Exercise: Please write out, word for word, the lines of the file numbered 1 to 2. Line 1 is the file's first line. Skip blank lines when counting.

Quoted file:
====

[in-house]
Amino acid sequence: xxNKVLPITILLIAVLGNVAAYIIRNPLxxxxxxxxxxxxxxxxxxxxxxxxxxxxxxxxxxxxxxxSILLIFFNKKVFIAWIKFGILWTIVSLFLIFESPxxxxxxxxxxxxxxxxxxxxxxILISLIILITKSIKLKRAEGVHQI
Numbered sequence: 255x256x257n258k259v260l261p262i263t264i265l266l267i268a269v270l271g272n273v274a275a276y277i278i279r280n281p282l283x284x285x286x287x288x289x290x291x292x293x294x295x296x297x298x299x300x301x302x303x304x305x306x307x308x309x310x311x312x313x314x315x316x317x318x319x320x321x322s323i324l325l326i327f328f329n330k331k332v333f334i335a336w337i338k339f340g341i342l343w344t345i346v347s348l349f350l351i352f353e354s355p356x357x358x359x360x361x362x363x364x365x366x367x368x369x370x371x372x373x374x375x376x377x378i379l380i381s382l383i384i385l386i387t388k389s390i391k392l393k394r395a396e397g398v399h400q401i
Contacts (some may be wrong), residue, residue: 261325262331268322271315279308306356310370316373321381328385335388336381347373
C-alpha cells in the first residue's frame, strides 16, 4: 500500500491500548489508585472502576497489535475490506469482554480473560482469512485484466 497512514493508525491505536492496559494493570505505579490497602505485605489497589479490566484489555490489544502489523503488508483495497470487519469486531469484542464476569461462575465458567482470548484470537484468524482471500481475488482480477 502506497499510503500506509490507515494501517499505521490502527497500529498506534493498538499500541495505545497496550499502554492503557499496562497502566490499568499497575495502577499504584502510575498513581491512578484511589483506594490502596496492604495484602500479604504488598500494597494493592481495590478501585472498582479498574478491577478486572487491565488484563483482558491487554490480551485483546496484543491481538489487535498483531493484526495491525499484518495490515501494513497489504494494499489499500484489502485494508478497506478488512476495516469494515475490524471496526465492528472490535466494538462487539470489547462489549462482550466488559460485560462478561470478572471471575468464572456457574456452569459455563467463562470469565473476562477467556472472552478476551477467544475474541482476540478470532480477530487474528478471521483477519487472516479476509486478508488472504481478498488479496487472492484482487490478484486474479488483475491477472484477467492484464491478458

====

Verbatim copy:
[in-house]
Amino acid sequence: xxNKVLPITILLIAVLGNVAAYIIRNPLxxxxxxxxxxxxxxxxxxxxxxxxxxxxxxxxxxxxxxxSILLIFFNKKVFIAWIKFGILWTIVSLFLIFESPxxxxxxxxxxxxxxxxxxxxxxILISLIILITKSIKLKRAEGVHQI